A

naturalistic procedure which involves timing of occasions of instruction based on the childs spontaneous interests (Valdez-Menchaca and Whitehurst 1988) The learner initiates the interactions enhances vocabulary acquisition Especially effective for disadvantaged and developmentally disabled children as well as for children with specific expressive language delay May happen at home as well Research shows increase in spontaneous language use

Good VS poor readers


WHY? good readers derive meaning from context more easily Poor readers read less WHAT WE CAN DO Read stories to them Encourage them to read texts with varied vocabulary The texts chosen must provide contexts that help students get the word meanings Use direct instruction of vocabulary Do not focus on particular words. Make sure that teaching one word leads to the learning of other words. Teach how to get the word meaning from context

Getting word meanings from context


SCANR

technique (Jenkins, Matlock, & Slocum, 1989) substitute a synonym for an unknown word Check for clues that support our choice Then accept or revise Look inside-look out technique (Herman & Weaver, 1988) Look inside an unknown word examine its parts look out for clues and examine the general mood talk-through technique The teacher uses directed question prompts like What part of speech is the word? What words around it tell us something about this word?

HOW SHOULD VOCABULARY BE ASSESSED?


Diagnostic

testing: the Vocabulary Levels Test looks at highfrequency, academic and low frequency vocabulary. Available online: www.lextutor.ca. Proficiency testing: measures vocabulary size and how well it is known Achievement testing Active recall : turn into water m_______ Passive recall: when something melts it turns into ______ Active recognition: Turn into water: a. elect b. melt c. blame Passive recognition: Melt: a. choose b. turn into water c.accuse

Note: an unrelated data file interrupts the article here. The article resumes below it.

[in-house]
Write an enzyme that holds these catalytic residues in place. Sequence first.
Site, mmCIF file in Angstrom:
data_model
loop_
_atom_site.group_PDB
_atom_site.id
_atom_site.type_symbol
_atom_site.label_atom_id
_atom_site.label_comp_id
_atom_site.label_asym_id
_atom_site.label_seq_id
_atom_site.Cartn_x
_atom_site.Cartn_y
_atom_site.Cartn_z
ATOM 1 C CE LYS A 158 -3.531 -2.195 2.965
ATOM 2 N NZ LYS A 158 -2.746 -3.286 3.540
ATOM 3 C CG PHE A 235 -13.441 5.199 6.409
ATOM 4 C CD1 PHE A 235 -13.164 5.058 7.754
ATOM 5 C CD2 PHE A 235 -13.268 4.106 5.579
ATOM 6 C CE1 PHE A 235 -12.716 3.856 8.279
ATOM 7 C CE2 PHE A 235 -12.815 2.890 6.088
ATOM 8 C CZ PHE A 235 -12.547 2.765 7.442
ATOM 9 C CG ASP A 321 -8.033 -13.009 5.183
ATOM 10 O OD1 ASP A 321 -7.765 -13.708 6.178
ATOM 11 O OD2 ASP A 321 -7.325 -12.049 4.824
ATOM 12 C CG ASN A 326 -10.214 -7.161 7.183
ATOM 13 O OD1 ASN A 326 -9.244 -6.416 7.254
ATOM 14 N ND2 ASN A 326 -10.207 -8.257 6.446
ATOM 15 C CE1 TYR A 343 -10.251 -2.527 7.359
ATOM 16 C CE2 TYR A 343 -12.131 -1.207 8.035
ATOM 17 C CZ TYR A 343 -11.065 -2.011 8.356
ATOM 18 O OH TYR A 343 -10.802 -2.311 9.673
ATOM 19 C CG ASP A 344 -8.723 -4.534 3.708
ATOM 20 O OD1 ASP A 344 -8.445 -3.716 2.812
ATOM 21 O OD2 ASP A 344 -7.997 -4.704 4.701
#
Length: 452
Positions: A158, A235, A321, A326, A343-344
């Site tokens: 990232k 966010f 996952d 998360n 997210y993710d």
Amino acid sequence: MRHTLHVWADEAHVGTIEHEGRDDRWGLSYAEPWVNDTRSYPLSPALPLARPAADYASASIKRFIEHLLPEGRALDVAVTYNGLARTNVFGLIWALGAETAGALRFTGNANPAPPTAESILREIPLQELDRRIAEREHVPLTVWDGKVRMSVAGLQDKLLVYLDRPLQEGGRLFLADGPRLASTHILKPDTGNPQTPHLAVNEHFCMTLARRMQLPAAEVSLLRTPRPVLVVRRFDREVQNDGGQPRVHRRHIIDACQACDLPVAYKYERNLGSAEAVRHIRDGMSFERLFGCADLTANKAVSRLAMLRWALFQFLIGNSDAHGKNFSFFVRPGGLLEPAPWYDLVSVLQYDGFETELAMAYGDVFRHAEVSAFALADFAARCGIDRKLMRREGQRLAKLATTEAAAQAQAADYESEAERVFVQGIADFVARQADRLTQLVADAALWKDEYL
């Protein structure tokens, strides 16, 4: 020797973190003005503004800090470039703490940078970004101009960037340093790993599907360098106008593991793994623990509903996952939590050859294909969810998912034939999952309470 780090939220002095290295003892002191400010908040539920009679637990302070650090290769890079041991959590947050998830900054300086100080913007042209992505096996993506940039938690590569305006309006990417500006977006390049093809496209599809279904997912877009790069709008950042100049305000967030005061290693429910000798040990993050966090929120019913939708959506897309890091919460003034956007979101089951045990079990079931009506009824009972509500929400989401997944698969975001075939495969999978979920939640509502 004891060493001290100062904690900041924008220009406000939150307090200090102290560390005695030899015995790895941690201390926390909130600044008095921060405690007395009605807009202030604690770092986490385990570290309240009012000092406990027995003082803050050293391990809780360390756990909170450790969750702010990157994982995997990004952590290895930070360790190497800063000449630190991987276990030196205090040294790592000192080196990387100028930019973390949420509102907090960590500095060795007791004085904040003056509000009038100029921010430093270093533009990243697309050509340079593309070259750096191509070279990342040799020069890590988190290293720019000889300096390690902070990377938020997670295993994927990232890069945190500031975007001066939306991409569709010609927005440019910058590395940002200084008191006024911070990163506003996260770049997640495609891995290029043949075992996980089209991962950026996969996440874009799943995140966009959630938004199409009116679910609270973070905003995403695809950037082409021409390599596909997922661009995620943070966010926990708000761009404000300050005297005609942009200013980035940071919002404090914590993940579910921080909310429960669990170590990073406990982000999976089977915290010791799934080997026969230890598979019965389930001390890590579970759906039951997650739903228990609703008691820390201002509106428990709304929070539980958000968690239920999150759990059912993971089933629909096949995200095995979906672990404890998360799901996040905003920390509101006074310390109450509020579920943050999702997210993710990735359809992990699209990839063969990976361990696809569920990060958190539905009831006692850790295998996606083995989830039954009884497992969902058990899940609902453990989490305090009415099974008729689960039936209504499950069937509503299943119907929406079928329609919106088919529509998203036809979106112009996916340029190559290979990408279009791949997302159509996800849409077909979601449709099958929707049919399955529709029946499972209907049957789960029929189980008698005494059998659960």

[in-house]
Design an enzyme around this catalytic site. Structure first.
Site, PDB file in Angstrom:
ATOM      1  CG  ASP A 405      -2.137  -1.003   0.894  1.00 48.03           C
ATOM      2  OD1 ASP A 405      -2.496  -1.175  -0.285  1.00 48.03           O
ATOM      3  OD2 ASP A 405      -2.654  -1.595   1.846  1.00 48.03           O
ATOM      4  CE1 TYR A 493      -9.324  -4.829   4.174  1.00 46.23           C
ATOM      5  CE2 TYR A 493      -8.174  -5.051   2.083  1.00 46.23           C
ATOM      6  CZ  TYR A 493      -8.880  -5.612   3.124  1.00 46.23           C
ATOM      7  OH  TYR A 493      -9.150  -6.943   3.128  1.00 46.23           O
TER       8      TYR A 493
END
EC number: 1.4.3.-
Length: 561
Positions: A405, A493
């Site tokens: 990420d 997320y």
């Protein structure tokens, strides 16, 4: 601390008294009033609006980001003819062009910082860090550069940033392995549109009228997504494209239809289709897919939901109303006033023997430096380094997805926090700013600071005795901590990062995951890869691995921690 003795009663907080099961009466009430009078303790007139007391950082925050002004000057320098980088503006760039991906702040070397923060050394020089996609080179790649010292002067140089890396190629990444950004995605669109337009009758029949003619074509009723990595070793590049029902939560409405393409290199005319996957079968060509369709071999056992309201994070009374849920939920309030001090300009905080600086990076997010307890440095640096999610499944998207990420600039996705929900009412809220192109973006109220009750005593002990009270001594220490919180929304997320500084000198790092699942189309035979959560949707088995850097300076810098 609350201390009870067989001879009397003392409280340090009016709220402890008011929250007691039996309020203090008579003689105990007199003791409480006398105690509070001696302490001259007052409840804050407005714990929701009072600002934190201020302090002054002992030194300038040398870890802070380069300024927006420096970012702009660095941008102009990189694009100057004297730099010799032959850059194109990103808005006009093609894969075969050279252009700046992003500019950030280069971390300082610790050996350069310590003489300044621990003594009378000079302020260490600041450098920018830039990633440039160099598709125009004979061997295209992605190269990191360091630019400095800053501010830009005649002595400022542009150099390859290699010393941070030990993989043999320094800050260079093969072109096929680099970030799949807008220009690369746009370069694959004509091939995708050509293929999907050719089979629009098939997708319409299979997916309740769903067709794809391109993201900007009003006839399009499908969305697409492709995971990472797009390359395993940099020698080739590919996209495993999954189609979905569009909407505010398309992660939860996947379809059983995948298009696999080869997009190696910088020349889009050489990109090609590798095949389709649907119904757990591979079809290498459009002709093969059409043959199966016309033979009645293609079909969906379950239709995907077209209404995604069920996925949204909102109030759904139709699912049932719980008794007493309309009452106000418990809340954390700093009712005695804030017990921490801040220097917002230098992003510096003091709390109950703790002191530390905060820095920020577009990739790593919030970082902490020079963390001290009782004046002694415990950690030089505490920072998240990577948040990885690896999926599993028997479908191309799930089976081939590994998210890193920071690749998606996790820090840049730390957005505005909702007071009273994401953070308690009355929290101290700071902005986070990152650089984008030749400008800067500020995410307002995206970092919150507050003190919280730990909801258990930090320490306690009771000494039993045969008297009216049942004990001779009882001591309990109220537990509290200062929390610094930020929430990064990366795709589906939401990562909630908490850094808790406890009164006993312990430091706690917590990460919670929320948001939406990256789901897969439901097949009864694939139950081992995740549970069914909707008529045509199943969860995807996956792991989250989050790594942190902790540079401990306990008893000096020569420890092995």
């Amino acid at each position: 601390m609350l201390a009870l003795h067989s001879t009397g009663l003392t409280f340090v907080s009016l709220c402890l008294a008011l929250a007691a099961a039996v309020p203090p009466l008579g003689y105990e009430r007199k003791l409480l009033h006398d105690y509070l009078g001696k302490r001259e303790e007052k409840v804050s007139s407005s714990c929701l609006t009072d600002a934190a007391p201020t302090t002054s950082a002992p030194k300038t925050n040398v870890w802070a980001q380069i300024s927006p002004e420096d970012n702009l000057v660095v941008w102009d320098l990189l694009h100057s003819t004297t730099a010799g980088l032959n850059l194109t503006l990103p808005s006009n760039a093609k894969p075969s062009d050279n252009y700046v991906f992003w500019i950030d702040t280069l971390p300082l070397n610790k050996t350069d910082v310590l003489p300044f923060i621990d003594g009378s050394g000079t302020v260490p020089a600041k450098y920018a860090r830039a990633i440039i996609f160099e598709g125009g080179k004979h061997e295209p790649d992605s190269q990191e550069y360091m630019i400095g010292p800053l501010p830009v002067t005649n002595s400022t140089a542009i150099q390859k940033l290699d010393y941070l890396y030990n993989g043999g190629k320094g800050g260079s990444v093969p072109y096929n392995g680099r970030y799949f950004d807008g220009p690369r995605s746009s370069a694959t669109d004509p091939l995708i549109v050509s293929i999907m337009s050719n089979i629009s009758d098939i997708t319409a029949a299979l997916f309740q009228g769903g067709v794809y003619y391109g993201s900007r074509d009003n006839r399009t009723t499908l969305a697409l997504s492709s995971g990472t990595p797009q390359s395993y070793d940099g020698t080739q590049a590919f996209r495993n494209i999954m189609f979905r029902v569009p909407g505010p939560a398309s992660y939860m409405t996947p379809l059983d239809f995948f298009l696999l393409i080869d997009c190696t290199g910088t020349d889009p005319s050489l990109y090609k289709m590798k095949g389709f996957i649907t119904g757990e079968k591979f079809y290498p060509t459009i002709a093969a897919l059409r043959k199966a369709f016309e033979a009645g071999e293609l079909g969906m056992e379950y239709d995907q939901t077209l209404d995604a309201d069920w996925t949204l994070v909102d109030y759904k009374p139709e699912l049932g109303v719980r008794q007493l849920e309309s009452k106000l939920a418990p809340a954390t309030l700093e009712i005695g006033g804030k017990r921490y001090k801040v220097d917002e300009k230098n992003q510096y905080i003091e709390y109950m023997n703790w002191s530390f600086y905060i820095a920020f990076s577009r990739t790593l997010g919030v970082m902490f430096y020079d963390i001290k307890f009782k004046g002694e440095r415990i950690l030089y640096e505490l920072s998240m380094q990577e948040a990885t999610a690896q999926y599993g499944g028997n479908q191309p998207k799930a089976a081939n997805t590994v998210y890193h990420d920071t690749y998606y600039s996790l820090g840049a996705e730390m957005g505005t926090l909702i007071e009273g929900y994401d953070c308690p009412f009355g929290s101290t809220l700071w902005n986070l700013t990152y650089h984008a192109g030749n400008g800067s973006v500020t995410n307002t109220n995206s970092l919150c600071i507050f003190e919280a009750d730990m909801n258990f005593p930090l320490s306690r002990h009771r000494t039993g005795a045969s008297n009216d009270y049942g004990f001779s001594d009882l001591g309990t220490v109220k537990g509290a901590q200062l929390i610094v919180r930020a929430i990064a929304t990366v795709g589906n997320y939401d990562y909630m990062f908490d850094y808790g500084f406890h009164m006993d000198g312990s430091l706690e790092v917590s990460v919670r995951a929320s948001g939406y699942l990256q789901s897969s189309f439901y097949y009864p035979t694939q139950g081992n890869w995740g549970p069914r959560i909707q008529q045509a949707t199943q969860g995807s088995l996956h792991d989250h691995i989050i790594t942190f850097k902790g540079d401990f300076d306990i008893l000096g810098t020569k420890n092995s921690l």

I know what this word means and can use it in a sentence.


.

I pretty much know what this word means.

I have heard of this word.

I have not heard of this word.

www.pac6.org/images/upload/Assessing_vocabulary_v2.ppt

Sample of vocabulary checking activities


1. Clap if you agree: Soccer is a gentle sport. Ice cream is usually bitter. Riding a bike can be exhausting. 2. Tell about some time when something was a coincidence. 3. Which would you do if you wanted to look quickly at someone or something? Glance or gape?

4. Evasive people like to say exactly what they mean. True? False?
5. Would you be more dubious if your mother baked a cake or if your grandmother ran a marathon?

(adapted from Isabel Beck, Bringing Words to Life, 2002

WORKS CITED
Assessing Vocabulary retrieved November 3, 2012, from www.pac6.org/images/upload/Assessing_vocabulary_v2.ppt

Nation, P. and Chung, T. (2009). Teaching and Assessing Vocabulary. Long, M. and Doughty, C. (eds.), The Handbook of Language Teaching (pp. 543- 559). UK: Blackwell Publishing Ltd.
Pavliy, B. (2009). Teaching English Vocabulary. Center for Student Education Resource, 17,97-104. Stahl, S. & and Shiel, B. (1992): Teaching Meaning Vocabulary: Productive Approaches for Poor Readers, Reading & Writing Quarterly: Overcoming Learning Difficulties, 8(2), 223-241. Valdez-Menchaca and Whitehurst (1988). The Effects of Incidental Teaching on Vocabulary Acquisition by Young Children. Child Development, 59,14511459.

THANK YOU!!!